guest at my own present college, in Combination Room after 
dinner the enior Fellow (an eminent classic, now defunct) 
politely inquired, 'I suppose, Mr. Astronomer Royal, the old 
notion prevalent in my youth, that the moon had some influence 
on the tides, has in these days been quite exploded?' 

Now, without going into details innumerable and not to be 
embarked upon in a short paper of the training offered by 
Oxford and Cambridge to their undergraduate members, I invite 
the reader to draw some general conclusions with me. 

First, it cannot be denied that Oxford and Cambridge are 
venerable, were it but historically for the sake of the illustrious 
host that have taught and learnt, resided in or passed through 
them; on that the mind of a newcomer, so it be of any gentle 
quality, will yield to this impression: 

I could not print 

Ground where the grass had yielded to the steps 
Of generations of illustrious men 
Unmoved. I could not always lightly pass 
Through the same gateways, sleep where they had slept, 
Wake where they waked, range that inclosure old, 
That garden of great intellects undisturbed . . . 

And this veneration is not merely retrospective. It and its 
virtue continue alive and active, hospitable to each new genera- 
tion. It was a proud thing (I must not speak of to-day) for a 
boy to belong to a society which included a Thomas Hill Green, 
a Robinson Ellis, an Ingram Bywater; or a Munro, a Westcott, 
a Henry Maine, a Clerk-Maxwell. These men were as lanterns 
attracting youth to receive the light and carry it on. Prestige 
is a word open to unworthy connotation ; but no snobbery can 
be attached to the prestige these conferred. Where would our 
electricians be to-day but for Clerk-Maxwell ? In what measure 
inconsiderable the influence of Jowett on minds that have ruled 

358 The Scholarly Don 

large dominions under the Crown? Or, to take a man who 
neither knew nor courted publicity Who can count the many 
diverse debts owed by students to Henry Bradshaw, some time 
University Librarian of Cambridge of whom Mommsen said : 
'If I'd had a shorthand-writer with me, I could have got in 
half an hour's talk enough materials to have made an interesting 

Of the beauty of the two gardened places and what it means 
of what the Bodleian, for instance, or Magdalen Tower, or 
King's College Chapel and the nigh river bridges, have meant 
through life to those who have passed, during three years or so, 
under their shadow, I need not speak. 'But they are medieval.' 
Yes, as I put it once in a lecture: 'As they stand, Oxford and 
Cambridge so alike while they play at differences and both so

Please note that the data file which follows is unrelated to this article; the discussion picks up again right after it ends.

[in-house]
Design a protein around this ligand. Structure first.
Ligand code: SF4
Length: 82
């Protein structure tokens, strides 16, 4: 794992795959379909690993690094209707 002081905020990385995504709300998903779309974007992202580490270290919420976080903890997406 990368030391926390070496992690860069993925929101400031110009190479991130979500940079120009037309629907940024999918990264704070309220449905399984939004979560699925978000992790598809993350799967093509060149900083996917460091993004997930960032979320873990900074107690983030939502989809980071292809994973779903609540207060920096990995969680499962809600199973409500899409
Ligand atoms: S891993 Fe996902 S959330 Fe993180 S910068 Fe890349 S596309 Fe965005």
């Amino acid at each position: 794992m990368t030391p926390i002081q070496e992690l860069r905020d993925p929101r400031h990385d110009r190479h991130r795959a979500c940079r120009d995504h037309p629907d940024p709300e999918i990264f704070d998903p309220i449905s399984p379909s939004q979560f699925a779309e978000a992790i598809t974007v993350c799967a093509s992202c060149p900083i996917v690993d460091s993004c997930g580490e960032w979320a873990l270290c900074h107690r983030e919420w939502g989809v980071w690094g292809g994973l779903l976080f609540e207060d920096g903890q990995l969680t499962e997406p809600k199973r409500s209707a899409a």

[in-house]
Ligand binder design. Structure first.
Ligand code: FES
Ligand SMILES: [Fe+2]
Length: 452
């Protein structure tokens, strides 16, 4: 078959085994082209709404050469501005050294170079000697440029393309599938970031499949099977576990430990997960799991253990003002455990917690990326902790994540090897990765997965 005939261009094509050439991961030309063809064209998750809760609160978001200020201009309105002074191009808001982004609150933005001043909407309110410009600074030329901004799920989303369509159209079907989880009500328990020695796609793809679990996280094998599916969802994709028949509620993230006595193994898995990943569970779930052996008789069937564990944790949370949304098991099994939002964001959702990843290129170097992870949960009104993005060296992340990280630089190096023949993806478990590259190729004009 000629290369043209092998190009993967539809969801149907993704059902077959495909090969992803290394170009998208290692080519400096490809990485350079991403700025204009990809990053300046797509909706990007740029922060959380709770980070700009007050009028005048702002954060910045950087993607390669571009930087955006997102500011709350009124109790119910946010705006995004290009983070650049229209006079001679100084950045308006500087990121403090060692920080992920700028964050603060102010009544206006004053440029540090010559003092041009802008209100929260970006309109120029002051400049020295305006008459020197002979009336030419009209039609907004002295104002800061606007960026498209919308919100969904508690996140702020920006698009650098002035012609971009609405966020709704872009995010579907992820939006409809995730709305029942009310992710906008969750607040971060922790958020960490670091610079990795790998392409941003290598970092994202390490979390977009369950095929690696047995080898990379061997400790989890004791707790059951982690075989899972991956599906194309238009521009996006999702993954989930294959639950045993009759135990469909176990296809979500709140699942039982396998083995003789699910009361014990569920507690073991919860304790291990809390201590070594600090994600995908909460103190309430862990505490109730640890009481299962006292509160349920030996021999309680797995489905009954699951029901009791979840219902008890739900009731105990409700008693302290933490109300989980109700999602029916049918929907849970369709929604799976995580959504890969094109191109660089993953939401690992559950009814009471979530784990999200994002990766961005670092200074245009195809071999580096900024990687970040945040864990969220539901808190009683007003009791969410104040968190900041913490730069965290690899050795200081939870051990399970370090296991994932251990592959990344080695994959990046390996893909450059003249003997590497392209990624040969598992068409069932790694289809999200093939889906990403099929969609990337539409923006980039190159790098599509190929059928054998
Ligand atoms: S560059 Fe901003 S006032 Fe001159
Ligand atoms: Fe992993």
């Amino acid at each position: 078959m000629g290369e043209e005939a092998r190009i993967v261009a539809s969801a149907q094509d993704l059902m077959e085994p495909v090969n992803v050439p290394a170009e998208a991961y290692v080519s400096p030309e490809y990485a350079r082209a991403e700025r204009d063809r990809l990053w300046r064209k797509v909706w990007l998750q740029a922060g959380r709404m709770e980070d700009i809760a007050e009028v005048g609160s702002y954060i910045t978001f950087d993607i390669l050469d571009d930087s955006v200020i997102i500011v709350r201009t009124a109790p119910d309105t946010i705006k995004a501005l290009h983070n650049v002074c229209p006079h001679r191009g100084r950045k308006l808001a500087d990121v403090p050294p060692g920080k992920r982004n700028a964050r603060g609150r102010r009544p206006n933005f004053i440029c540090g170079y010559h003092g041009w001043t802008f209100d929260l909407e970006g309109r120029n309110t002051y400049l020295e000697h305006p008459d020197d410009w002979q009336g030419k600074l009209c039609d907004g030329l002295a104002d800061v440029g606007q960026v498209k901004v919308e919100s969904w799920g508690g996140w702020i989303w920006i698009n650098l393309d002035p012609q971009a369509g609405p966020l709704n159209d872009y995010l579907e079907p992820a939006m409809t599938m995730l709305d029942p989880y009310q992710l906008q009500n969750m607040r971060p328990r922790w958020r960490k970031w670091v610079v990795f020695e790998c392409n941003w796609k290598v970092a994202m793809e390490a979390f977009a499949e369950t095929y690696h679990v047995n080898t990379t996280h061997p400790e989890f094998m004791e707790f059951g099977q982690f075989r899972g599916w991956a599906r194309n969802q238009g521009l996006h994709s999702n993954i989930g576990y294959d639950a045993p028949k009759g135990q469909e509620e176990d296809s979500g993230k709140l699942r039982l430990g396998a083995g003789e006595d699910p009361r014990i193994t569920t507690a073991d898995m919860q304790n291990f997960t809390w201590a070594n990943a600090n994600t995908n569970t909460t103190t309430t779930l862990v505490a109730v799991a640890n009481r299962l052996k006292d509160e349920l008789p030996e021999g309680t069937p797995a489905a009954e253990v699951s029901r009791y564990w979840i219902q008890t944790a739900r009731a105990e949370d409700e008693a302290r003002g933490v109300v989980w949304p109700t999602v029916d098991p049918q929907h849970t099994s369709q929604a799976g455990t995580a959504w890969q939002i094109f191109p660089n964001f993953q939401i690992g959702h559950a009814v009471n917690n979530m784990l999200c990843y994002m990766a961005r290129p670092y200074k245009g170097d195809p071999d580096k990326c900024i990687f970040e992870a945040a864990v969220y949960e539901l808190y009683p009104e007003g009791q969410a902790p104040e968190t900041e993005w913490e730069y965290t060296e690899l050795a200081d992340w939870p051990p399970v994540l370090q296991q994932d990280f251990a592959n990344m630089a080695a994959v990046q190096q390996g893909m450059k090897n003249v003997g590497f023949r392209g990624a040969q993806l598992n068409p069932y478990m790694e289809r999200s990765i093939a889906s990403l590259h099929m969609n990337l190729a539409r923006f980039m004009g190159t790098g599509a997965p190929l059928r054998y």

unlike anything else in the world do by a hundred daily reminders 
connect us with the Middle Ages, or, if you prefer Arnold's 
phrase, "Whisper their lost enchantments." The cloister, the 
grave grace in hall, the chapel choir, the men hurrying into their 
surplices or to lectures "with the wind in their gowns," the stair- 
case, the nest of chambers within the oak all these softly rever- 
berate over our life here, as from belfries, the medieval mind.' 
Yes, and transmuted through the medieval, the classical mind 
also, to modern uses. 

It is because these two universities are not devised institutions, 
constructed by theorists or by politicians (Laud himself reformed 
of inner knowledge, though he imposed his reforms from with- 
out), but have grown and grown slowly with the national 
character, that external interference, however well intended, has 
so often defeated its own object. 

Let me conclude with one instance of development by this 
process of growth. Simply because men of eminent learning 
set up their desks in these two places, young scholars flocked to 
them from north and south and from all over Europe ; because 
this young multitude was naturally turbulent, wise authority 
used a model at hand, the monastic system, to separate it into 

The Scholarly Don 359 

colleges under rule. As the experiment succeeded, the colleges 
multiplied; every poor scholar being assigned to a senior for 
advice and supervision. All this, of course, is elementary : but 
not everybody recognizes that out of this grew the flower of 
university life, which is friendship. 

For the dons (you say) are dumb fellows, and on this point 
they certainly are. One has to live long and intimately 
among them before realizing, and then with difficulty, their 
innumerable acts of kindness, help over young troubles, self- 
sacrifice, quiet and secret benevolence; and they are not rich 
men. As for the undergraduates, let Bagehot speak, no 
sparing critic: 

There is nothing for young men like being thrown into close 
neighbourhood with young men ; it is the age of friendship ; and every 
encouragement should be given every opportunity enlarged for it. 
Take an uncollegiate Englishman and you will generally find that he 
has no friends. He has not the habit. He has his family, his business, 
his acquaintances, and these occupy his time. He has not been 
thrown during the breathing-time of human life into close connection 
with those who are also beginning or thinking of beginning to enter 
on its labours. School friendships are childish; after-life rarely 
brings many ; it is in youth alone that we can engrave deep and wise 
friendships on our close and stubborn texture. If there be romance 
in them, it is a romance which few would tear aside. 

Be it added as an advantage of university life over that of any 
training college, that as this concourse of youth is taught in